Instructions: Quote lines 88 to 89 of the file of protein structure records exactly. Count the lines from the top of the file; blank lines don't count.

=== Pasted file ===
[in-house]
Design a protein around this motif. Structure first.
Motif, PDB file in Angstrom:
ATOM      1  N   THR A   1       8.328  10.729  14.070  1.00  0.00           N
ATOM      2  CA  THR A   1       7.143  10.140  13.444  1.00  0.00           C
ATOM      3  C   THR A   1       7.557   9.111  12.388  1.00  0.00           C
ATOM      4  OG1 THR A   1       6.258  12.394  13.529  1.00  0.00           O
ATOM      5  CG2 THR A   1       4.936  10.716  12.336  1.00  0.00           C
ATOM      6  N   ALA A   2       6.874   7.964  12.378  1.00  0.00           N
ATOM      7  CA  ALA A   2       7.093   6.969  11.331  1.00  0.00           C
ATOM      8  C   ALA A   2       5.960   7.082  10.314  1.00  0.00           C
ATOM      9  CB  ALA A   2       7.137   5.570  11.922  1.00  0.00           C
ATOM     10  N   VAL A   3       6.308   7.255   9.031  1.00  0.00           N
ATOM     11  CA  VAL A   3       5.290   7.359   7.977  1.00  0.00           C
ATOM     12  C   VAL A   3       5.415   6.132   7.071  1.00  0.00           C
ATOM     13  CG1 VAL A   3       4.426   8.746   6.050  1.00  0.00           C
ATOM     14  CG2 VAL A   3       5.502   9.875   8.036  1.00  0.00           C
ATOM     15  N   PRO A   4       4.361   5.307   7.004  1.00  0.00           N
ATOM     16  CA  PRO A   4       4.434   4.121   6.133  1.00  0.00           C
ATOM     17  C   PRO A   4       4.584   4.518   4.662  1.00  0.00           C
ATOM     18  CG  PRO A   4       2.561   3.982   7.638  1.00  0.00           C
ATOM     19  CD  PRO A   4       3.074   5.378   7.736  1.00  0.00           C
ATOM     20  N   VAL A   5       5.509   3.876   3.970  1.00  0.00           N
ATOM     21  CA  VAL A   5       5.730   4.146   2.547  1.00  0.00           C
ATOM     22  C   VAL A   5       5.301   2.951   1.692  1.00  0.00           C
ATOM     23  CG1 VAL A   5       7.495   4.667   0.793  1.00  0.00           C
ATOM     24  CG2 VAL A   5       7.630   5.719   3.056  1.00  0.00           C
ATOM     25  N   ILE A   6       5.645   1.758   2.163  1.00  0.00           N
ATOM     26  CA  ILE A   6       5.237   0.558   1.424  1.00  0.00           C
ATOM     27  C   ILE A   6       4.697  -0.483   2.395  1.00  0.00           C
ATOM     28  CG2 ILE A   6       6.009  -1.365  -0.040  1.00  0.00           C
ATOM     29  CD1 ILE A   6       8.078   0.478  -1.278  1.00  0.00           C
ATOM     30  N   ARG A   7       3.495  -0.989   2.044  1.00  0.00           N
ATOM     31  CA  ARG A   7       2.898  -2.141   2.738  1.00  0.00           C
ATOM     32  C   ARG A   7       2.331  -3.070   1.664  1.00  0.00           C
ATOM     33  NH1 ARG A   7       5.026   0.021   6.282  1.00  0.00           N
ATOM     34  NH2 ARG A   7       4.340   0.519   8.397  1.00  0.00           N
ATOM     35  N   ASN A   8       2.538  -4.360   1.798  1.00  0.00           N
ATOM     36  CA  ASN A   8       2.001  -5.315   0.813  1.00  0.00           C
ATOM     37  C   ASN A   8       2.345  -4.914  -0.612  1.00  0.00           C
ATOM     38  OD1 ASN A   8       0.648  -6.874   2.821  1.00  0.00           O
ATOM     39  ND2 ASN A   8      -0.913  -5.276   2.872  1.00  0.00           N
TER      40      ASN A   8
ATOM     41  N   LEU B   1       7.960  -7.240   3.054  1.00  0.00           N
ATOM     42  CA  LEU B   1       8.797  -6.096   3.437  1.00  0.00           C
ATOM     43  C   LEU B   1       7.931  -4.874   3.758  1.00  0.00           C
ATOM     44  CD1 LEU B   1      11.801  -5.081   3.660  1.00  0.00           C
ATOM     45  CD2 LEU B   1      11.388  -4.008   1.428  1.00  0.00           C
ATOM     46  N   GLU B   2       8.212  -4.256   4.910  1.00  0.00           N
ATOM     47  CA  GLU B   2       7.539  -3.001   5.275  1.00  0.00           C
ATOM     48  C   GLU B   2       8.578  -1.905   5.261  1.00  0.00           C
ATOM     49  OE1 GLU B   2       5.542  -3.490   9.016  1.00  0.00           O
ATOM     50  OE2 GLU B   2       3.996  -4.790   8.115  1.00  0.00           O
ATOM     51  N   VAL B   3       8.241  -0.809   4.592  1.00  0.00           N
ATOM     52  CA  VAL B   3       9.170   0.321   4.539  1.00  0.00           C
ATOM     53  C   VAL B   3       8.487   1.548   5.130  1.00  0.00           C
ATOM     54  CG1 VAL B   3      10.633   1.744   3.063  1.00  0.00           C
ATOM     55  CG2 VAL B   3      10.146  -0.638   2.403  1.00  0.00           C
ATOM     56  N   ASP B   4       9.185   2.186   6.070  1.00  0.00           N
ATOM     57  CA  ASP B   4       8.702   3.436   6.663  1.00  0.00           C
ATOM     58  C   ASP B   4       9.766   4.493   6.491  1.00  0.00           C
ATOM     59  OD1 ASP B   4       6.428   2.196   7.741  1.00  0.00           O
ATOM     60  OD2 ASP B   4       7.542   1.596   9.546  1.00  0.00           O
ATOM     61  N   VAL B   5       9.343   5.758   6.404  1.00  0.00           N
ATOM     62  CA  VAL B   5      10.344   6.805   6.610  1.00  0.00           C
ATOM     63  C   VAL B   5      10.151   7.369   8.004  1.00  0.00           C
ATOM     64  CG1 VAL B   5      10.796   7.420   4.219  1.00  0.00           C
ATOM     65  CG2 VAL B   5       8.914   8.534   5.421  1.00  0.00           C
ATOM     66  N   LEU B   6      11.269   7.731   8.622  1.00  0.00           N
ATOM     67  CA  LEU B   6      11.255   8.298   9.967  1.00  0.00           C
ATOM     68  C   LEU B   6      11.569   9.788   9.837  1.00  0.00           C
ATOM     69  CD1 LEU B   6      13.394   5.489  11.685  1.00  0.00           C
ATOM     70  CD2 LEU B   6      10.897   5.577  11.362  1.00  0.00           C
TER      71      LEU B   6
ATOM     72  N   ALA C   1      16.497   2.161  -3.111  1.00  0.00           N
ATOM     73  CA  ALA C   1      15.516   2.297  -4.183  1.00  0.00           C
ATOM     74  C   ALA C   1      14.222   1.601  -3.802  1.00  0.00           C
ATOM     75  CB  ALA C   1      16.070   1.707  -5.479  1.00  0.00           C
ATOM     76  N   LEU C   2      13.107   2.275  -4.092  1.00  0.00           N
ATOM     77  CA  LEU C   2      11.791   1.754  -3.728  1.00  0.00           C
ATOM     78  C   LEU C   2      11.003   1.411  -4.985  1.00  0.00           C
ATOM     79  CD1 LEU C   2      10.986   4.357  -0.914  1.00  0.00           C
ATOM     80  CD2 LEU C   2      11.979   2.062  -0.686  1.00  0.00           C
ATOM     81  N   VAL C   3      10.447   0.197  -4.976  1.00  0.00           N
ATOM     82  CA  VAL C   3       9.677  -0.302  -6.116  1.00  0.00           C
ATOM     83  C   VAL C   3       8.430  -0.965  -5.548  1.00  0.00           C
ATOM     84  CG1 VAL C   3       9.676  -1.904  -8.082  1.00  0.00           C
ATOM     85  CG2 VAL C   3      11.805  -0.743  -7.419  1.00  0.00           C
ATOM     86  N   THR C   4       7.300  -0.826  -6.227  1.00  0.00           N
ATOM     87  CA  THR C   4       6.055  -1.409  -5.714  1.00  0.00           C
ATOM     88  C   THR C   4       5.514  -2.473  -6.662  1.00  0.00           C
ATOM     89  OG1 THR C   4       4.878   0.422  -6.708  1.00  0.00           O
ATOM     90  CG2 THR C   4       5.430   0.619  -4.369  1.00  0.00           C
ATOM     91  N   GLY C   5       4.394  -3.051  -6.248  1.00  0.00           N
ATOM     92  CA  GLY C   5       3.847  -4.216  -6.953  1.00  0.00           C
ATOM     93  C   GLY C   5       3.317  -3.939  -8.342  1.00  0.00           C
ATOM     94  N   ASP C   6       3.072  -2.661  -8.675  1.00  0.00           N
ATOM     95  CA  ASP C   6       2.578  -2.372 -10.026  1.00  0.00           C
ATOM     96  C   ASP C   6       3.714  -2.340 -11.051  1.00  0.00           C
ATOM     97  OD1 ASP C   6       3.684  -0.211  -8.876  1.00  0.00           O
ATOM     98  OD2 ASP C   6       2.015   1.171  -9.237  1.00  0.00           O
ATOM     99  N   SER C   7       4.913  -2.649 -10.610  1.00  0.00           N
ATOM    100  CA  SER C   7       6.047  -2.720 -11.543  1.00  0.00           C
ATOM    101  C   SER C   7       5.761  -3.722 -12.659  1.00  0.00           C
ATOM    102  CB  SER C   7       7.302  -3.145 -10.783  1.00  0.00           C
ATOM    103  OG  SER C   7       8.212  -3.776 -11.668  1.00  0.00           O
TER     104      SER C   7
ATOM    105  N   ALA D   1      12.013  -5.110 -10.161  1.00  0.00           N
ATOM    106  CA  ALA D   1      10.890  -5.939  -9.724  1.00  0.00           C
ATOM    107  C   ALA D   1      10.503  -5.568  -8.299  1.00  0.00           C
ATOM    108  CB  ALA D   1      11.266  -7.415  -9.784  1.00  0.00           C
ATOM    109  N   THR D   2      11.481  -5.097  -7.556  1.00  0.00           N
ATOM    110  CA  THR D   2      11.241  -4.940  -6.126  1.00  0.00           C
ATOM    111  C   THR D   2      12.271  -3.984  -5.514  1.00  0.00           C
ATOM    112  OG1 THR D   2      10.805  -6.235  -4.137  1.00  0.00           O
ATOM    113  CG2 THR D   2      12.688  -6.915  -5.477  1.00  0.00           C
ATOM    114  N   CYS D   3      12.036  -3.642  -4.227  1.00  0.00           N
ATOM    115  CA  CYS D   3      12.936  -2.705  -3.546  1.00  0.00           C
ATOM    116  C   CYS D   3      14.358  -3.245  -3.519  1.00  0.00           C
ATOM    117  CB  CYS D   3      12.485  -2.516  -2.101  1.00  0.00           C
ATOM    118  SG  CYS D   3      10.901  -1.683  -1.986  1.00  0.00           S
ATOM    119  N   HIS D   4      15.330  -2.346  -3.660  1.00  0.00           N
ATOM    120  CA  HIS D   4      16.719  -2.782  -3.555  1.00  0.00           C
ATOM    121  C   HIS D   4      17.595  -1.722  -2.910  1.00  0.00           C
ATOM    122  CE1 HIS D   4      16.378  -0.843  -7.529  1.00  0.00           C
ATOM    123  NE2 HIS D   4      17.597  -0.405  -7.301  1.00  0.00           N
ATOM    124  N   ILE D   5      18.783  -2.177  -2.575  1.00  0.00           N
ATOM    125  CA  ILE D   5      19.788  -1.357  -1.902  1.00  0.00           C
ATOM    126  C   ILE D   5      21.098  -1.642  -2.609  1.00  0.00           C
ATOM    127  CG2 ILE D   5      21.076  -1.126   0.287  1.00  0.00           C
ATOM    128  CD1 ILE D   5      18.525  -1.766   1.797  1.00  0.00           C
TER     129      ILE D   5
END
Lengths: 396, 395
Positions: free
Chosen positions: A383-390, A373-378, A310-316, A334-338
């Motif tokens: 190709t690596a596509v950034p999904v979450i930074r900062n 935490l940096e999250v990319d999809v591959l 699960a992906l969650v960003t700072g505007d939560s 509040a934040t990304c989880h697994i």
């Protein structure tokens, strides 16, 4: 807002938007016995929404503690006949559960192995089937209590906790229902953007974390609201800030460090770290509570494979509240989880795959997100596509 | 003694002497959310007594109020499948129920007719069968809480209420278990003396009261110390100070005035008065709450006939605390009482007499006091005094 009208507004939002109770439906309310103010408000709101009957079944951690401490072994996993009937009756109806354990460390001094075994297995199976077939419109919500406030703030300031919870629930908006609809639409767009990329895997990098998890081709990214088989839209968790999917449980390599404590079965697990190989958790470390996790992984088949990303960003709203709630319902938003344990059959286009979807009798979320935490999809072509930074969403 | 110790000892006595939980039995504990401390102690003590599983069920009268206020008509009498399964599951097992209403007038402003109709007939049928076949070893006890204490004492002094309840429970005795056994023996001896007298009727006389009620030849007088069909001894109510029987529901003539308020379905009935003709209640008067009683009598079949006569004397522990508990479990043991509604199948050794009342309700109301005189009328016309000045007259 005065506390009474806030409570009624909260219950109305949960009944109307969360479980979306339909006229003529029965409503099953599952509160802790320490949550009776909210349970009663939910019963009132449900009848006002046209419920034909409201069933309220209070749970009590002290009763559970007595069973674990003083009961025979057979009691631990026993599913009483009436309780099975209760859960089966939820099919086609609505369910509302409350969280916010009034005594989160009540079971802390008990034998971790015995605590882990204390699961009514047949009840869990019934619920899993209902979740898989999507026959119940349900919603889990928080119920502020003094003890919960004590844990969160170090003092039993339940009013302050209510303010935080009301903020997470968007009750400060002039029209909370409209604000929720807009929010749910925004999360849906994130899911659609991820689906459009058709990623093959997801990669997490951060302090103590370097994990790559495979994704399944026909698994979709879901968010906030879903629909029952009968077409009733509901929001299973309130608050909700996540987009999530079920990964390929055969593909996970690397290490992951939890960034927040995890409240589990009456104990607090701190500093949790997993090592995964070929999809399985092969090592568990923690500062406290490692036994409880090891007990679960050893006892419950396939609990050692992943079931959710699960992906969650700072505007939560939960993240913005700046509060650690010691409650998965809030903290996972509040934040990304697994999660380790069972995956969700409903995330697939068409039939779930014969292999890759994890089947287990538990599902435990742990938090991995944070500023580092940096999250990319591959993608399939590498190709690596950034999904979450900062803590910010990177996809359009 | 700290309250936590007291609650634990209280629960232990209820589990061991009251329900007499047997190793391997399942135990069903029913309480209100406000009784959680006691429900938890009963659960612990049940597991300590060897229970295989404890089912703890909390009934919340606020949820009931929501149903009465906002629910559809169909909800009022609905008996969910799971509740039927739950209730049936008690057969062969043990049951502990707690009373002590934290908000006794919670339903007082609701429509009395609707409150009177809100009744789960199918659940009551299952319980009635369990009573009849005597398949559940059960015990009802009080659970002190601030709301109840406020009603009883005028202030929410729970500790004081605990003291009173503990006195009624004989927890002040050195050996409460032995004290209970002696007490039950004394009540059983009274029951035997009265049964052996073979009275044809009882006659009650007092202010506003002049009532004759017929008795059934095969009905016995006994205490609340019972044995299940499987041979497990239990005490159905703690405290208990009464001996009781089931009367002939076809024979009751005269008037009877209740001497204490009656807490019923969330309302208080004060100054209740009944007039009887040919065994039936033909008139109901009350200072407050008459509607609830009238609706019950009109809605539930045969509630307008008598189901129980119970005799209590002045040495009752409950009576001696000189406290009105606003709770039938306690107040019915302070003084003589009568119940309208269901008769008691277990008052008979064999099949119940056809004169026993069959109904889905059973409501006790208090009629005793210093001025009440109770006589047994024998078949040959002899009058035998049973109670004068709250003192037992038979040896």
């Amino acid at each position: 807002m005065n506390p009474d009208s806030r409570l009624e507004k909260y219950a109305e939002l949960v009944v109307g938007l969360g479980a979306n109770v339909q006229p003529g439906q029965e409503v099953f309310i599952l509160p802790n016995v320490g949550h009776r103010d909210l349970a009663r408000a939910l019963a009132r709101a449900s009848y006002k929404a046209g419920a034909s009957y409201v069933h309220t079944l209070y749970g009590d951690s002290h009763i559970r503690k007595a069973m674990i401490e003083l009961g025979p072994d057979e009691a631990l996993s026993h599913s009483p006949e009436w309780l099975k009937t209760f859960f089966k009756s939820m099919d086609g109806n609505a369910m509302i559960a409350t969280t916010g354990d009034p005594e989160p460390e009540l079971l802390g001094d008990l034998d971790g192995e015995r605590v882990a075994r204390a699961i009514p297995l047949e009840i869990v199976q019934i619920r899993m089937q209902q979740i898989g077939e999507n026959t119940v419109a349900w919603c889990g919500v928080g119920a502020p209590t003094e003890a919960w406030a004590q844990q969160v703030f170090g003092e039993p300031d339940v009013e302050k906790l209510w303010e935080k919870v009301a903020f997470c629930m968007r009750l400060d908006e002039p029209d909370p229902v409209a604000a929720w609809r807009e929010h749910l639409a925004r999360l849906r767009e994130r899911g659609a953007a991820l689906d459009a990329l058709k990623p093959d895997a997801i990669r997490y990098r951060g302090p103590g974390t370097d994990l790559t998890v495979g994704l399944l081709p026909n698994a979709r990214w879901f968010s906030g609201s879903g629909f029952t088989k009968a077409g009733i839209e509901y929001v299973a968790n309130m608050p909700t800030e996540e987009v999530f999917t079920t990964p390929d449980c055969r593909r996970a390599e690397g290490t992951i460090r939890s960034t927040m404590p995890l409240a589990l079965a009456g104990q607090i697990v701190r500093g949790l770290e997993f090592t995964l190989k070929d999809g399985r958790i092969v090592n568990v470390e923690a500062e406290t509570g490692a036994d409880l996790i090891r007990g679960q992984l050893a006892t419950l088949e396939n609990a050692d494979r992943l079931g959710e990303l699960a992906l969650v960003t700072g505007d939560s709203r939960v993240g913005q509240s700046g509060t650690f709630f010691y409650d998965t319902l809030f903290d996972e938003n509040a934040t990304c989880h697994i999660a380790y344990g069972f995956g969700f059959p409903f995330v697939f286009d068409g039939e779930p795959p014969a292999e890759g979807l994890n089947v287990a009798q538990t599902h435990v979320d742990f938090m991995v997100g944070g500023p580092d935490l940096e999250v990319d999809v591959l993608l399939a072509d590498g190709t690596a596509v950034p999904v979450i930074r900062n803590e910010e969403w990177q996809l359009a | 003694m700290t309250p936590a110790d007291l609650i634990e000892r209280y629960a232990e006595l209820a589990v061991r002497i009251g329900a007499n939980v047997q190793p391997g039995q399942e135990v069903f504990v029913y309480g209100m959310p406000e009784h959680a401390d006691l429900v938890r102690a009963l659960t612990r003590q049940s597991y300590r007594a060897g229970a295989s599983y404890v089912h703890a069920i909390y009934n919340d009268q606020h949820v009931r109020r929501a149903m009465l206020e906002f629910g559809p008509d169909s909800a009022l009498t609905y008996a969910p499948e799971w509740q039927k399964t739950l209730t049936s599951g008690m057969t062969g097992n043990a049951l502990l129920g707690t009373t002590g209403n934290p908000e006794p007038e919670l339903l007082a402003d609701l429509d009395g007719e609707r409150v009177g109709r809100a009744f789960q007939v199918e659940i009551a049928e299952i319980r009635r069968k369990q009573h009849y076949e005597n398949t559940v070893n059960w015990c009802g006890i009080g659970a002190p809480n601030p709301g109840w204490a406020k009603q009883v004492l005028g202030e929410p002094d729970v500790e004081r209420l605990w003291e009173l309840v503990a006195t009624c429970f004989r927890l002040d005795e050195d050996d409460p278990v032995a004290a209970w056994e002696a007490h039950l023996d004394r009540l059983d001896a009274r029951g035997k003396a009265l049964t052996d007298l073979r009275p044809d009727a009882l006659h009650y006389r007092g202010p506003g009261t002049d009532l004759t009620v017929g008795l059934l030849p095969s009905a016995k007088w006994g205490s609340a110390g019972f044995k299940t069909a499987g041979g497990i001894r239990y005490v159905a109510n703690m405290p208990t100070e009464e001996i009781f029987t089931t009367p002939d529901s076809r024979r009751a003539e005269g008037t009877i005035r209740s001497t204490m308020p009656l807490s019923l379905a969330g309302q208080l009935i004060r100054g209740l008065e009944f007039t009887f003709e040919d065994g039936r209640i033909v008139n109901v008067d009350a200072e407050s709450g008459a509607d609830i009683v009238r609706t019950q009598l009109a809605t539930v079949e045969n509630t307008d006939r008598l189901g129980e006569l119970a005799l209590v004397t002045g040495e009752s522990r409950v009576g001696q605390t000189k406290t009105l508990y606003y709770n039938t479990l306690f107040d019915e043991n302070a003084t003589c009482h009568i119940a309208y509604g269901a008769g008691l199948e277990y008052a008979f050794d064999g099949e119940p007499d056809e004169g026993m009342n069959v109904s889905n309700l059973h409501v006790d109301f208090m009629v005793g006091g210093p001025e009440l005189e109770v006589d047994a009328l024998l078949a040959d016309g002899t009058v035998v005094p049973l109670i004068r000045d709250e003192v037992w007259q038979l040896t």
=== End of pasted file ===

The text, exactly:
ATOM     85  CG2 VAL C   3      11.805  -0.743  -7.419  1.00  0.00           C
ATOM     86  N   THR C   4       7.300  -0.826  -6.227  1.00  0.00           N